2PL

Context

The serializability is a concurrency control property that a transaction system guarantees each transaction is getting executed one by one.

The 2PL or Two-Phase Locking is such method to reach serializability.

Overview

The 2PL is straightforward like its name - it has two phases.

  • Phase 1, growing phase.
    • New locks may be acquired.
    • None of them can be released.
  • Phase 2, shrinking phase.
    • Existing locks may be released.
    • No new locks can be acquired.

Notably, a LOCK POINT is at which phase 1 ends, that is, when the transaction acquires the last lock it needs.

Solutions

  • SQL Server uses 2PL by default.
  • Postgres uses 2PL for the statement BEGIN.
  • MySQL InnoDB uses MVCC as its core, however, it uses 2PL for the serializable isolation level. That says MySQL acquires a shared lock on every row or range of rows that are selected in a SQL query.

Patterns

Shared Lock v/s Exclusive Lock

2PL handles below two locks.

  • Shared Lock: nobody can write anything if one or more shared locks already exist.
  • Exclusive Lock: nobody can read or write anything if an exclusive lock exists.

Cascading Rollback

The cascading rollback is at when handling multiple transactions a failed transaction leads to all other transaction rollbacked in some cases.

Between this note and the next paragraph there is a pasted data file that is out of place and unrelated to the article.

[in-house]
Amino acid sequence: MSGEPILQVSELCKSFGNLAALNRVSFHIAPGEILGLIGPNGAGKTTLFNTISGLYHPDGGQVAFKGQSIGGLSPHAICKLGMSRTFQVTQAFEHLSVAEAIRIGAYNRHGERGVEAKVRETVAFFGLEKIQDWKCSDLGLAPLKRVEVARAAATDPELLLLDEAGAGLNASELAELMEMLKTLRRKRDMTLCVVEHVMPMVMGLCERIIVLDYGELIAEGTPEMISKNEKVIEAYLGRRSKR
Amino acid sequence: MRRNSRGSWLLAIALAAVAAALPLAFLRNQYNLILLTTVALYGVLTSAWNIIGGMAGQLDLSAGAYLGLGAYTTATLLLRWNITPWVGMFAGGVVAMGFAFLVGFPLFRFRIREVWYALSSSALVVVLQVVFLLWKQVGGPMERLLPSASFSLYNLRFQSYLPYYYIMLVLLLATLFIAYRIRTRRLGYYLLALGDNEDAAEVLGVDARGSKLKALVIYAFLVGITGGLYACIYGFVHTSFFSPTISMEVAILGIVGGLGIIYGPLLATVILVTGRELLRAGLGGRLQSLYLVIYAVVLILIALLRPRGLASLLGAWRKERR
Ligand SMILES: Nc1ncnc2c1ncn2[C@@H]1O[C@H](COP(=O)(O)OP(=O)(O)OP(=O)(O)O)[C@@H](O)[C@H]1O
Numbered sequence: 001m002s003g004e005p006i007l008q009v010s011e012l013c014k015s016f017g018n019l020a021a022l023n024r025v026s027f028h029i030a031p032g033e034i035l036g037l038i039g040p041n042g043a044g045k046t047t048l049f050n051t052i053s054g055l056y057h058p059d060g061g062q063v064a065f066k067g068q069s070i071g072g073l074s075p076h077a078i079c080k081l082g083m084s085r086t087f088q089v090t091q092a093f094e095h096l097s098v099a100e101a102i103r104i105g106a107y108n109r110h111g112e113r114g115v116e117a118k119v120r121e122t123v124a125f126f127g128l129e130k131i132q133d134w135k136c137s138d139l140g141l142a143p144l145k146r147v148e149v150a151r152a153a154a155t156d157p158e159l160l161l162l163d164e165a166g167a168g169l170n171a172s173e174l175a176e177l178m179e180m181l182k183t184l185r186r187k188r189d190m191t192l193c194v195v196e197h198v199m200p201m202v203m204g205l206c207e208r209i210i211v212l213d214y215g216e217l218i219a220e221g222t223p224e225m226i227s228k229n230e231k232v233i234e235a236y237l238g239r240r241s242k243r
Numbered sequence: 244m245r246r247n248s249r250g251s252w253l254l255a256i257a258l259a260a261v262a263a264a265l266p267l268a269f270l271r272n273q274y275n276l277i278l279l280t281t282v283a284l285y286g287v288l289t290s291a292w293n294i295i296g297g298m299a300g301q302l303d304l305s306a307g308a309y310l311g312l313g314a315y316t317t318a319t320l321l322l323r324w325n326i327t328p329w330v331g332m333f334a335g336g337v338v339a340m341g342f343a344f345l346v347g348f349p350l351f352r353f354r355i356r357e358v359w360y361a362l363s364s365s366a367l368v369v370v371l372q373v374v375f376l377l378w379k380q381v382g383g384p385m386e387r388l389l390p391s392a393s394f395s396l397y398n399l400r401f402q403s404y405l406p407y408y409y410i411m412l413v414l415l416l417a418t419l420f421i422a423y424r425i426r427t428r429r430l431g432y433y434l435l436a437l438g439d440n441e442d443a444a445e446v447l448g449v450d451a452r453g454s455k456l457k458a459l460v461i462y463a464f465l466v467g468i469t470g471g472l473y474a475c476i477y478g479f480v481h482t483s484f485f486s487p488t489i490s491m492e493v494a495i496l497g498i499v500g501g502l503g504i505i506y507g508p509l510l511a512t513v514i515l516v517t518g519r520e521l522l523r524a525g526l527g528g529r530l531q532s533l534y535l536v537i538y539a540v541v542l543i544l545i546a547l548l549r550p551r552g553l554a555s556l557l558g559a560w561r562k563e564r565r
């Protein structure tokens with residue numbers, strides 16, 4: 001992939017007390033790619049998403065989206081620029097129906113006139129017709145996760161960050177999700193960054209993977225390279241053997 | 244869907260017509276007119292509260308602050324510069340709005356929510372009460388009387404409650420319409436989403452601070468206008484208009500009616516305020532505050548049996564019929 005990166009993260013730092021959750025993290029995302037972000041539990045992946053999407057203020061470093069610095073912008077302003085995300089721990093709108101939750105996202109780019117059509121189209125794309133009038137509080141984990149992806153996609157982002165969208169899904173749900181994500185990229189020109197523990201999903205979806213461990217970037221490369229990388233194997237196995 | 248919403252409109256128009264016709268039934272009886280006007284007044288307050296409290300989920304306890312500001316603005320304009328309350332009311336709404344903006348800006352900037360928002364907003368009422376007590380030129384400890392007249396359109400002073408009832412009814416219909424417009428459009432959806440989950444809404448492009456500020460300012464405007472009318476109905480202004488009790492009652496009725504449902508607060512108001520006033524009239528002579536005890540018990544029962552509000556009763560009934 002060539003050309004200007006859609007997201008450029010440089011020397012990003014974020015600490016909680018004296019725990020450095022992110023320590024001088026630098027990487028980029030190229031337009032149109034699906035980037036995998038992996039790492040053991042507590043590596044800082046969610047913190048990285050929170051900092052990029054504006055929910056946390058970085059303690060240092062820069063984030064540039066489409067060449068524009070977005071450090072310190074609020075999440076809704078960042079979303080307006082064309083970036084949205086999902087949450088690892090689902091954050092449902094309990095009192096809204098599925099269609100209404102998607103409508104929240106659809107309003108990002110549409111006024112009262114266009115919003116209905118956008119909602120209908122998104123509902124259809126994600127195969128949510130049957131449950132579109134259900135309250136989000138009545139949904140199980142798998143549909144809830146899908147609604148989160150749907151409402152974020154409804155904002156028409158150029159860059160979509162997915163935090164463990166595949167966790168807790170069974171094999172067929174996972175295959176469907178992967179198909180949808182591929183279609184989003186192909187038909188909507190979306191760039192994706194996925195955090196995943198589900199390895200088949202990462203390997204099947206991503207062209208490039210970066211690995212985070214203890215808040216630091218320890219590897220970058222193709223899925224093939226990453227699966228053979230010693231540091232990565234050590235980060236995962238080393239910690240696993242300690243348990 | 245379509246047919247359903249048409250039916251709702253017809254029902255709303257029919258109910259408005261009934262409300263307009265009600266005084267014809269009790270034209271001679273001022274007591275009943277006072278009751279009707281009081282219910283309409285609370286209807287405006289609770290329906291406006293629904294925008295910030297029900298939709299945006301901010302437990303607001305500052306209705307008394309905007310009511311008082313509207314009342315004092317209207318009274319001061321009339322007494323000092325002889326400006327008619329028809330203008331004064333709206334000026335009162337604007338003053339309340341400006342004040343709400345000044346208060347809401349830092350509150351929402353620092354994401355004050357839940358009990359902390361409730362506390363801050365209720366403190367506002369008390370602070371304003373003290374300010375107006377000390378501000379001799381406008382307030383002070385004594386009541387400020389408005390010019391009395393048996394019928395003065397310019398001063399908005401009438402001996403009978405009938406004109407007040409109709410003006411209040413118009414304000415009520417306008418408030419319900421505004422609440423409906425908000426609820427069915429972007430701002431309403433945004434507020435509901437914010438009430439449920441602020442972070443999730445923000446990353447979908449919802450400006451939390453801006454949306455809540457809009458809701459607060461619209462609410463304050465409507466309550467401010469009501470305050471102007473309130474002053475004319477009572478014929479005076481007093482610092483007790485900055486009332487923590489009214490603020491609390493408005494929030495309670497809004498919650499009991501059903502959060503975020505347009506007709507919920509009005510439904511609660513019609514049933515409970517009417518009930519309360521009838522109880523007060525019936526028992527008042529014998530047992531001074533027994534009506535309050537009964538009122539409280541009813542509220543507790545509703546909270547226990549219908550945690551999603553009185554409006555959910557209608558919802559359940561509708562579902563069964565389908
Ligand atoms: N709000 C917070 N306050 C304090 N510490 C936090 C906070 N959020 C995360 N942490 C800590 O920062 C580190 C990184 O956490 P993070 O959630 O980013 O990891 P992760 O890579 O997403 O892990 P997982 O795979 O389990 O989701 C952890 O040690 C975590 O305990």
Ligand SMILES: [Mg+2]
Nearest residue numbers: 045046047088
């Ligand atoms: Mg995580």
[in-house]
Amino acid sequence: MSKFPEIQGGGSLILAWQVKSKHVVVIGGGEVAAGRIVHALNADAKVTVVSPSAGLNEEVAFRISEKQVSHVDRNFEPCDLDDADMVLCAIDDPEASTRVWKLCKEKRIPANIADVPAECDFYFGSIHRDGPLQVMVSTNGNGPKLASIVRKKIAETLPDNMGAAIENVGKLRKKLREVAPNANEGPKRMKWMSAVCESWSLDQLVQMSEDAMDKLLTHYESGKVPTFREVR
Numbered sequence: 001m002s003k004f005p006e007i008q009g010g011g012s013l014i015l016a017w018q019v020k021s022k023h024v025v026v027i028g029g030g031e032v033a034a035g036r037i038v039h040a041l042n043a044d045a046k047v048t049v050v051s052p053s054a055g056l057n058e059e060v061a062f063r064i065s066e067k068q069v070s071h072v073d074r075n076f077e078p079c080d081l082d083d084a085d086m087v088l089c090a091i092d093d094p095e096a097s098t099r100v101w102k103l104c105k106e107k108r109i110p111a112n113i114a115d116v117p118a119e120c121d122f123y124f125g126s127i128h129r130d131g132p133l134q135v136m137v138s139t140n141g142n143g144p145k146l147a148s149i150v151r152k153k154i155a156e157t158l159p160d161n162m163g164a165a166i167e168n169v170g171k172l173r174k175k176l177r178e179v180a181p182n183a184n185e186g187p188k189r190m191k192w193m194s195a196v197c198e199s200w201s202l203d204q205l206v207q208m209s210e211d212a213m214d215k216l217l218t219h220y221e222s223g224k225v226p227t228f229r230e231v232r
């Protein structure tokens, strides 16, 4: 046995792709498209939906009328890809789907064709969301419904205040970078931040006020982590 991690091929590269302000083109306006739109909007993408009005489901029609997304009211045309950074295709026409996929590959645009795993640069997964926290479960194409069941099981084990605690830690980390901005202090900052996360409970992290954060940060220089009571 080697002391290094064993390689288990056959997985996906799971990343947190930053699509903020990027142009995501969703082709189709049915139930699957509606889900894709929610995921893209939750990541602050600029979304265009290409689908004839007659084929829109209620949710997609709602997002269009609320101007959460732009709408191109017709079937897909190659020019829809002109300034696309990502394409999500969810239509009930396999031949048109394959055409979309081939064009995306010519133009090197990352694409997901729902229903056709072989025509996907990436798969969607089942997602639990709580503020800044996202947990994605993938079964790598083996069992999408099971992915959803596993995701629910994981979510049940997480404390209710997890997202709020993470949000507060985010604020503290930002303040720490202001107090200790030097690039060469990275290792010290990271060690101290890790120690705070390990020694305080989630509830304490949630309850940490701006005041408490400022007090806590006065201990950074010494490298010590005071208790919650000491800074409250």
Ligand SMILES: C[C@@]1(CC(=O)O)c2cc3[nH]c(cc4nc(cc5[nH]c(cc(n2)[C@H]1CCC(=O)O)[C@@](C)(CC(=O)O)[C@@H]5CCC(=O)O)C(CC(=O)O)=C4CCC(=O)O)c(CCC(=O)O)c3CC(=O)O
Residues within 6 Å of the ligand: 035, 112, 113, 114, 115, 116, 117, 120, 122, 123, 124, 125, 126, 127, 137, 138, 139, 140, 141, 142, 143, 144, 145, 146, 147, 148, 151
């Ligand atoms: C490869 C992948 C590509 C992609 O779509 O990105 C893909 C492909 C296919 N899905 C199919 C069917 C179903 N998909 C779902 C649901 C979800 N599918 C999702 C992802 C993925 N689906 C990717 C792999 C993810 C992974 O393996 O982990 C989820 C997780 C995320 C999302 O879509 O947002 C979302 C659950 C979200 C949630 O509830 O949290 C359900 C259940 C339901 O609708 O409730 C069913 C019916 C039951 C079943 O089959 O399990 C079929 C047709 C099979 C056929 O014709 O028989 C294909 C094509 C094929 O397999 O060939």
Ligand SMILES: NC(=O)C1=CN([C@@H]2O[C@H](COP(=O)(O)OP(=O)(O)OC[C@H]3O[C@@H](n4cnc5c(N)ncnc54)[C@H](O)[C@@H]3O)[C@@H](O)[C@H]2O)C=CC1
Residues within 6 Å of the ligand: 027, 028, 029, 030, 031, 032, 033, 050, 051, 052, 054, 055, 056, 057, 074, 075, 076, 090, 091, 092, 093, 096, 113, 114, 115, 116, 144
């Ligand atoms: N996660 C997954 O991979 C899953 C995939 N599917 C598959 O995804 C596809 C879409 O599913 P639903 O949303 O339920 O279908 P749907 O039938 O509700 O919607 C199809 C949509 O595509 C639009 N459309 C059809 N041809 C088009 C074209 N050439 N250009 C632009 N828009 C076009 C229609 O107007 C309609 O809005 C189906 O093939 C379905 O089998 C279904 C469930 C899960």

For example, say we have below 3 transactions on 2 resources x and y.

  • Transaction 1: read(x), write(x), read(y), rollback()
  • Transaction 2: read(x), write(x), commit()
  • Transaction 3: read(x), commit()
  • The scheduler proceeds the operations in below sequence: T1 read(x), T1 write(x), T1 read(y), T2 read(x), T2 write(x), T3 read(x), T1 rollback(), T2 rollback(), T3 rollback(). The dirty read in T2 and T3 causes the rollbacks.

Note: T1=Transaction 1, T2=Transaction 2, T3=Transaction 3. And so as below example.

The 2PL cannot avoid the cascading failure.

Deadlocks and Starvation

A deadlock is a state when each operation is waiting for some other operations to take action. However, no operation can proceed at all. When the deadlock happens, the system enters a state called starvation.

For example, say we have below two transactions on two resources x and y.

  • Transaction 1: write(x), write(y)
  • Transaction 2: write(y), write(x)
  • The scheduler proceeds the operations in below sequence: T1 write(x), T2 write(y), T1 write(y), T2 write(x). You might notice that none of T1 write(y) and T2 write(x) can proceed as for T1 resource y has been locked by T2, and T2 resource x has been locked by T1.

The 2PL cannot avoid the deadlock.

References